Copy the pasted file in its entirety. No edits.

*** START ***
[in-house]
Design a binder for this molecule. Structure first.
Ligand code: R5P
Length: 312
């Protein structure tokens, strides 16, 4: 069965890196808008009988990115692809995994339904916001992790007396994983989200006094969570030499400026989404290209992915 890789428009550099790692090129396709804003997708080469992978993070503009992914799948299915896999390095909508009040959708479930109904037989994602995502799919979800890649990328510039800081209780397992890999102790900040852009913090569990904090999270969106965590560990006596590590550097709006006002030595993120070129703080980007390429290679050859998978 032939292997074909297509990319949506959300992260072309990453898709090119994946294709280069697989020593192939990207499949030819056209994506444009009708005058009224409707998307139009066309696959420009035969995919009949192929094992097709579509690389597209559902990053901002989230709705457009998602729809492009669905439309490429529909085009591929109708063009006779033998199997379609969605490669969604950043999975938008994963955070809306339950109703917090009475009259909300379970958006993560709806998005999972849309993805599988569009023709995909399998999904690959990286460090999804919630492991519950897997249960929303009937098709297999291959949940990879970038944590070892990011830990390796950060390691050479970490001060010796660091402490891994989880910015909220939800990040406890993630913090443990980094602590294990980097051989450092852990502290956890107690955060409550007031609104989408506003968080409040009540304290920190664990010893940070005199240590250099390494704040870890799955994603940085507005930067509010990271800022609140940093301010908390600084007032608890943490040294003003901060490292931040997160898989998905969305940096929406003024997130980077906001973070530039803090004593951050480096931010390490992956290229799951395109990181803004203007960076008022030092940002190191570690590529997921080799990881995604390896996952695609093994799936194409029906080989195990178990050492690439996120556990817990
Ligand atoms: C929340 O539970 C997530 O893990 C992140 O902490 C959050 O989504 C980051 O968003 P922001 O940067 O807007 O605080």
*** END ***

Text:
[in-house]
Design a binder for this molecule. Structure first.
Ligand code: R5P
Length: 312
């Protein structure tokens, strides 16, 4: 069965890196808008009988990115692809995994339904916001992790007396994983989200006094969570030499400026989404290209992915 890789428009550099790692090129396709804003997708080469992978993070503009992914799948299915896999390095909508009040959708479930109904037989994602995502799919979800890649990328510039800081209780397992890999102790900040852009913090569990904090999270969106965590560990006596590590550097709006006002030595993120070129703080980007390429290679050859998978 032939292997074909297509990319949506959300992260072309990453898709090119994946294709280069697989020593192939990207499949030819056209994506444009009708005058009224409707998307139009066309696959420009035969995919009949192929094992097709579509690389597209559902990053901002989230709705457009998602729809492009669905439309490429529909085009591929109708063009006779033998199997379609969605490669969604950043999975938008994963955070809306339950109703917090009475009259909300379970958006993560709806998005999972849309993805599988569009023709995909399998999904690959990286460090999804919630492991519950897997249960929303009937098709297999291959949940990879970038944590070892990011830990390796950060390691050479970490001060010796660091402490891994989880910015909220939800990040406890993630913090443990980094602590294990980097051989450092852990502290956890107690955060409550007031609104989408506003968080409040009540304290920190664990010893940070005199240590250099390494704040870890799955994603940085507005930067509010990271800022609140940093301010908390600084007032608890943490040294003003901060490292931040997160898989998905969305940096929406003024997130980077906001973070530039803090004593951050480096931010390490992956290229799951395109990181803004203007960076008022030092940002190191570690590529997921080799990881995604390896996952695609093994799936194409029906080989195990178990050492690439996120556990817990
Ligand atoms: C929340 O539970 C997530 O893990 C992140 O902490 C959050 O989504 C980051 O968003 P922001 O940067 O807007 O605080």